Watering Snake Plant
Snake plant leaves can shrivel if water is applied incorrectly, causing them to lose their vibrant color.
Snake plants (Sansevieria) will thrive when you handle them lightly. They don’t require a lot of water, and they actually flourish when you let them dry out in between waterings.
Here we will cover all the necessary information regarding watering Sansevieria at home, including when to water, how to water, and considerations regarding light, temperature, soil, and the seasons.
How to Water Snake Plants?
During the summer, or when the top 2/3 of the soil becomes drier, hydrate the snake plant with dechlorinated tap water or filtered water once the soil is fully hydrated. The higher the temperatures, and the more sunlight, the more water they require.
Temperature & Humidity
Snake plants lose considerable amounts of water through transpiration in high-temperature areas. Therefore, you will have to water your plant more at warmer temperatures than you would at lower temperatures.
Dry air also causes your plants to transpire more than humid air. So, if the air is dry, you’ll need to fertilize and water more often.
Snake plants require longer, less intense periods of illumination to survive. However, they can survive in dark areas or under indirect light.
Because of the reduced amount of light, many snake plants in the winter slow down their growth, so they do not require as much water.
Snake plants begin to grow again and use more water as the days lengthen.
With a grow light providing constant light throughout the year, the seasons will have little effect on how much you have to water your snake plant.
Your snake plant needs to be planted in a well-draining soil blend when it can run off the excess water. If you’re using a poorly draining mixture, you’ll need to water it less. The best thing to do is switch to a better blend.
There will always be difficulty finding a balance here – large snake plants typically need more water than smaller snake plants, as might be expected, but larger plants are typically in larger containers.
In addition, watering a larger plant more frequently might not mean the same as watering a small plant often. Instead, larger plants need more water with each watering.
Watering smaller containers more often will be necessary because the soil dries out faster than in larger containers. But, you do not need to use a large volume of water during each watering.
The type of pot also has an impact on how often you’ll need to water them. Terracotta pots draw water out of the soil faster, so plants in terracotta pots need to be watered more often than plants in ceramic or plastic pots.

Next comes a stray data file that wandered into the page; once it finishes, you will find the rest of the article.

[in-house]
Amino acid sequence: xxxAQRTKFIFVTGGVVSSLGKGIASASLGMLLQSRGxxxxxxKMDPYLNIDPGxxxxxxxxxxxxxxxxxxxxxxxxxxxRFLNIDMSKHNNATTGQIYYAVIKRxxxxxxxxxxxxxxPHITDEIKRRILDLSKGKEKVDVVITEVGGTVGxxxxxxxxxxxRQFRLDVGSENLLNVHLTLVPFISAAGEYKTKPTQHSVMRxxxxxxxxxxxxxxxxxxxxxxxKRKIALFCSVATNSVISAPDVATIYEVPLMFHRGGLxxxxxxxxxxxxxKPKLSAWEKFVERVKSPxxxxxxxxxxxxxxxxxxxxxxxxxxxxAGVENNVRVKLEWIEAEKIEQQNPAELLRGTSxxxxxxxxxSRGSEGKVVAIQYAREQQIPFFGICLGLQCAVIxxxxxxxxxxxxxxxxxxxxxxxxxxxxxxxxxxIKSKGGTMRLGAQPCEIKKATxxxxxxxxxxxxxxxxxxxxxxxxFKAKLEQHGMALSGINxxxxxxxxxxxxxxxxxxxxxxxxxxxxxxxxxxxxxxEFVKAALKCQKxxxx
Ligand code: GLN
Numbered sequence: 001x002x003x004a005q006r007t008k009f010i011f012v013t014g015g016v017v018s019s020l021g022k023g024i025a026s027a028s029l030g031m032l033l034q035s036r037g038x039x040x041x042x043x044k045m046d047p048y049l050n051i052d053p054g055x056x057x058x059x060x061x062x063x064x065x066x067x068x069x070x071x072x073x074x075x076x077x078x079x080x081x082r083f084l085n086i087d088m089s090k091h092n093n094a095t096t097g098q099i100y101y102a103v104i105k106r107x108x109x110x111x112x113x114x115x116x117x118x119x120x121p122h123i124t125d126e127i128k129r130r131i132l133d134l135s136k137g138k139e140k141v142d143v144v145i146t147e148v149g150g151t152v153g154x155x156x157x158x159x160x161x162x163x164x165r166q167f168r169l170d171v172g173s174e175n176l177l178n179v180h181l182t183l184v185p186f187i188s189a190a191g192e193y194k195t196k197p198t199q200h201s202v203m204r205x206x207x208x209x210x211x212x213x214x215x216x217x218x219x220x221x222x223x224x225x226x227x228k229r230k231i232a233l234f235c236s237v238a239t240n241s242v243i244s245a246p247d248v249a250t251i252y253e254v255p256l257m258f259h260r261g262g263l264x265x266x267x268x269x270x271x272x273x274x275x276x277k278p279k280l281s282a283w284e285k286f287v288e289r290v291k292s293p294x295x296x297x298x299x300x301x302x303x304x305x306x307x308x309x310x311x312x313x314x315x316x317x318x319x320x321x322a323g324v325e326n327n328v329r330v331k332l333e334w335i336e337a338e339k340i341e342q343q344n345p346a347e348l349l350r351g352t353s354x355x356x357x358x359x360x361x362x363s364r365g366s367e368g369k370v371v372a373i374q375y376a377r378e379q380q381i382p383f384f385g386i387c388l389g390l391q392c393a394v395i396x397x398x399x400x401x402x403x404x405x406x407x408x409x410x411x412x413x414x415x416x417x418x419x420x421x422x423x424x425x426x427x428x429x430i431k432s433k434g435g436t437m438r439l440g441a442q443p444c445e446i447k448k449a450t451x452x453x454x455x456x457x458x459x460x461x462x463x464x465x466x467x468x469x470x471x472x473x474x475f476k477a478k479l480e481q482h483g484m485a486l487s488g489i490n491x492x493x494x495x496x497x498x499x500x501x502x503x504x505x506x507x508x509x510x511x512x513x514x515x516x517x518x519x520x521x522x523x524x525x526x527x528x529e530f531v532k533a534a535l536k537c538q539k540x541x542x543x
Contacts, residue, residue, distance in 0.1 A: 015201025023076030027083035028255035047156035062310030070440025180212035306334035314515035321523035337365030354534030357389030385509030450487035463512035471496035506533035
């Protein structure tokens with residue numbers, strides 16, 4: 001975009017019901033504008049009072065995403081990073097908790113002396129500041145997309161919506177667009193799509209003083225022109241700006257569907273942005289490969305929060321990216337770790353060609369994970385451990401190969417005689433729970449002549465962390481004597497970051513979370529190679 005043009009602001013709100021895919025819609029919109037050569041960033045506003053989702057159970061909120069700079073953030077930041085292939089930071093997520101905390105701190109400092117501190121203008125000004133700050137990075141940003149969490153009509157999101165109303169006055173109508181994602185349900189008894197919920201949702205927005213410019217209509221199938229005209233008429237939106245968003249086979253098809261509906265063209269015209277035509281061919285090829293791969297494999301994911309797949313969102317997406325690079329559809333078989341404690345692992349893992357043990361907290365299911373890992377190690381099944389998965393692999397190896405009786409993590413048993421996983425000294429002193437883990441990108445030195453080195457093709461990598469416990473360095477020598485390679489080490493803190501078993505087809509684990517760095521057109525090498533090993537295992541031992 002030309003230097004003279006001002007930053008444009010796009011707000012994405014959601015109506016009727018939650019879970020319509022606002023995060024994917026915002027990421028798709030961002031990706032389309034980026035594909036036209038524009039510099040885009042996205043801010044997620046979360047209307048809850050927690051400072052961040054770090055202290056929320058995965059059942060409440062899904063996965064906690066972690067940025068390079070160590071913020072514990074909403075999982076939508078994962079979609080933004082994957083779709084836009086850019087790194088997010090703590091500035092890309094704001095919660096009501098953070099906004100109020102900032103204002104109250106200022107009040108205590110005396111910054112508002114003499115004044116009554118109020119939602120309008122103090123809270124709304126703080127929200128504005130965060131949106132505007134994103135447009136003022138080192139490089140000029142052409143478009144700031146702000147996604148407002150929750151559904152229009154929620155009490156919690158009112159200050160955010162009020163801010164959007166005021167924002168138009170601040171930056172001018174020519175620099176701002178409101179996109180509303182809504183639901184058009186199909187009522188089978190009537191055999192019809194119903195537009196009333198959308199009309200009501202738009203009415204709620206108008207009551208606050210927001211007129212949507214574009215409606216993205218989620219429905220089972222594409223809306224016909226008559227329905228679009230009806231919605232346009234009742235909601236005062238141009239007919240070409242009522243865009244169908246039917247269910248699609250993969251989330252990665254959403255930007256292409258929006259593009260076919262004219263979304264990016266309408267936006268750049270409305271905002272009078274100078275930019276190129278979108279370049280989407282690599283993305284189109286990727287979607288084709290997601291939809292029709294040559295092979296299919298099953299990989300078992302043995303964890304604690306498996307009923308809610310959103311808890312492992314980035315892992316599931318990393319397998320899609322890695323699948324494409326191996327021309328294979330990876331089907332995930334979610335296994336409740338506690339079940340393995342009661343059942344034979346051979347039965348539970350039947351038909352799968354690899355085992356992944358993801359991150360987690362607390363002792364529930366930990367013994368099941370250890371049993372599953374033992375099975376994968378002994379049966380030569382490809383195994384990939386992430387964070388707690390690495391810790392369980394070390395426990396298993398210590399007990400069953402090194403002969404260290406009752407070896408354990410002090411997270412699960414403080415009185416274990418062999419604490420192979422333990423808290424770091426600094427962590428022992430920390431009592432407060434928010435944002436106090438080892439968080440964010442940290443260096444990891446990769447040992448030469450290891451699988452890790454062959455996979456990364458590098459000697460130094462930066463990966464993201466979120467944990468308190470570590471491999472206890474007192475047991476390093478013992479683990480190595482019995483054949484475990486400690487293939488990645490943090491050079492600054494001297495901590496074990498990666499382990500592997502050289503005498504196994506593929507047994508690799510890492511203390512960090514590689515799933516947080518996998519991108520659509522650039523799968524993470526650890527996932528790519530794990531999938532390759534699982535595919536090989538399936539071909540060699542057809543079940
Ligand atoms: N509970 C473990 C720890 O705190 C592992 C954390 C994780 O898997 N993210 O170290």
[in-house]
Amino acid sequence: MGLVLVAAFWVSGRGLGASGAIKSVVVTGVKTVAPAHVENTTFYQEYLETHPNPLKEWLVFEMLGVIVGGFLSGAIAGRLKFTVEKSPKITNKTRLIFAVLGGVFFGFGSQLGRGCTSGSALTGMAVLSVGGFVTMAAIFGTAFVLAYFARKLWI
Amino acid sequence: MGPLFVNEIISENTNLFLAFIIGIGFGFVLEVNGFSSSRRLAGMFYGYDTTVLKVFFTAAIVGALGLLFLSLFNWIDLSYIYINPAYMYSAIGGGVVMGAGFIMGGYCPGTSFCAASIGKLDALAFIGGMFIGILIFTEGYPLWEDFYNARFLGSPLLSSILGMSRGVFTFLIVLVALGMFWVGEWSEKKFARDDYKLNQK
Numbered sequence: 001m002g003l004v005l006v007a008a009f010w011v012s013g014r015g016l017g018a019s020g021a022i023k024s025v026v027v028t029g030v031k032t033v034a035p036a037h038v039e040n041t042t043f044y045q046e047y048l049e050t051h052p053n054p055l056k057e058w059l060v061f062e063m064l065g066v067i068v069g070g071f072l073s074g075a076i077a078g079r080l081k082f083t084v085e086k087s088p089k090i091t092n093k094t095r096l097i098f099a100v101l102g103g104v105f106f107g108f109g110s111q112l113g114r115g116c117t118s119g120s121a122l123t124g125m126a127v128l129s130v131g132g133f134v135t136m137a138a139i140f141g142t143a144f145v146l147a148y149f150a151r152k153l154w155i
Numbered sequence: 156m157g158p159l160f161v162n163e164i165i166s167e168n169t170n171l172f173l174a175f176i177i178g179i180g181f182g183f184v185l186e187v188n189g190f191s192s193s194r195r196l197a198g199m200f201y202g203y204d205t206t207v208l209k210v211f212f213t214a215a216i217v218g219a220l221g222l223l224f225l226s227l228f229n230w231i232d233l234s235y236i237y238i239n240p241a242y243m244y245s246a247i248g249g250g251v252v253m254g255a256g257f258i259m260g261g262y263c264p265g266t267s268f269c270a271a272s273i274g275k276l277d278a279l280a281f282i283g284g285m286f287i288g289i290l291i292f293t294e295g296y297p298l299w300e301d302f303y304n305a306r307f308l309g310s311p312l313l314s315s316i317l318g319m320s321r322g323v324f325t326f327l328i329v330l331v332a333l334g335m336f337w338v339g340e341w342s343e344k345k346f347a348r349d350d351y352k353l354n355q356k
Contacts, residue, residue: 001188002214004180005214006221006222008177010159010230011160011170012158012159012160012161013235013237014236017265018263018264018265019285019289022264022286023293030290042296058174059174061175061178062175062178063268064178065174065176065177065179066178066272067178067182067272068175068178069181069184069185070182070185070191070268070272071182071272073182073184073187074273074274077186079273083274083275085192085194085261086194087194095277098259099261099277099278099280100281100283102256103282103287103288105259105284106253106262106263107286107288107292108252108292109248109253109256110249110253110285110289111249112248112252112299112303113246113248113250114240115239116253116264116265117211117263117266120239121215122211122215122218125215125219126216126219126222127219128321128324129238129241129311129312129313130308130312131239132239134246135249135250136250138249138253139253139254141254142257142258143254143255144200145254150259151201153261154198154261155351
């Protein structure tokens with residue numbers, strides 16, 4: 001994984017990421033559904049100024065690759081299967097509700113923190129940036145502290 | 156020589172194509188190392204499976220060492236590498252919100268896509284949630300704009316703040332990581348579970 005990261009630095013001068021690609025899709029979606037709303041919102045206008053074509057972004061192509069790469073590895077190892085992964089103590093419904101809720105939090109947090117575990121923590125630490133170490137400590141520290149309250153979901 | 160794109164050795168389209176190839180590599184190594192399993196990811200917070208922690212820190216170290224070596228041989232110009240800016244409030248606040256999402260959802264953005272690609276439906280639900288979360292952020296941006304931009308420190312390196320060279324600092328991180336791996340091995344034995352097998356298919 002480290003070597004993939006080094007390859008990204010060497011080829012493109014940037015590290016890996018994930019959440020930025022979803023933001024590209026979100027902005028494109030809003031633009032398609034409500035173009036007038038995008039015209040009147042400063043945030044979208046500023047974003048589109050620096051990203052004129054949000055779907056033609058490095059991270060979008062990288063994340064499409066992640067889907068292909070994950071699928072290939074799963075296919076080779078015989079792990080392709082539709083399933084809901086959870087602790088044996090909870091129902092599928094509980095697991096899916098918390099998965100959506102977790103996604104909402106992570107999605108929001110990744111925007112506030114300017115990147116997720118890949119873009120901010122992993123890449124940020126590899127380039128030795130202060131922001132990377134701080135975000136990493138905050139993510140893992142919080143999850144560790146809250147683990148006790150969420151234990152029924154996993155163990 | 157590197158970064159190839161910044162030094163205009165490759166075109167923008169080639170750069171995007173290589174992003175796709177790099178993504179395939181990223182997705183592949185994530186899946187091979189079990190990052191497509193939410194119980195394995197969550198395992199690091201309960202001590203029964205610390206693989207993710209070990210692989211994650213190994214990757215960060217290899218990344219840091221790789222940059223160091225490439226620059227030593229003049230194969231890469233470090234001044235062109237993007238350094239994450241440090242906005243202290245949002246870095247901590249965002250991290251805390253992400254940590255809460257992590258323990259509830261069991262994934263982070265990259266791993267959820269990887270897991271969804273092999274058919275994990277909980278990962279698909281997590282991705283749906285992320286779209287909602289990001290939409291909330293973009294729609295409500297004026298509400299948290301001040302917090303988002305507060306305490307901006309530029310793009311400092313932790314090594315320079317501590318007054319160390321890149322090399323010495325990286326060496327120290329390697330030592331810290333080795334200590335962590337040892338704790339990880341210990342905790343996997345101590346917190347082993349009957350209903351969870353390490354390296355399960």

We have an article about the type of pot for snake plant in our blog: Go to: What Type Of Pot For Snake Plant? Your Choice Matters!
When Should I Water My Snake Plant?
The best rule to follow is that when the snake plant’s top 2/3 of its soil dries out, watering is needed. You can check the moisture level of the soil with your finger.
In addition, you can also use a moisture meter to check the soil. When the meter reads 2 on a scale of 1-10, it is time to water.
How Often Should I Water My Snake Plant?
In addition to considering the factors listed above, you can also use the following estimates when determining how often to water your snake plant.
In the spring, slowly increase the frequency of watering your plant every two to three weeks, and decrease the frequency in the fall.
What Type of Water is Best for My Snake Plant?
When watering snake plants, make sure there’s no chlorine or other salts in the water. Let tap water sit out on the counter overnight, then water, or use rainwater.
Make sure not to wet the leaves of a snake plant by watering only the base of the plant when watering.
Whenever watering your snake plant, do not add more water than you see flowing from the bottom. If you are using soil that is well-draining and well-aerated, then you will not see water build up even when the soil is fully soaked.
After watering your snake plants, make sure to drain the overflowing dish. Snake plants prefer to be dry.
The most important thing to keep in mind when watering Snake Plants is not to water them too frequently.
The deeper soil may still have moisture even if the surface appears dry. Reach your finger a few inches into the soil. If it’s dry, it’s time to water again, but if it’s wet, it should be left alone.
Once you figure out how fast your plant dries out, you won’t need to check the soil every time you water.
After you’ve propagated a snake plant via a cutting or division, make sure that the soil is dry between waterings, and do your best to keep it from sitting in water.
After repotting a snake plant, make sure to wet the new soil thoroughly. From this moment on, follow a snake plant’s usual watering schedule.
Snake plants require little watering, as long as you don’t overdo it! Several factors influence how much water you need to water your plants, so observe them and take notes to determine the best watering schedule for your plants.
We have an article if you are interested in braiding your Sansevieria. Go here: How To Braid Sansevieria Cylindrica: The Care Needed And Step-By-Step Braiding Guide !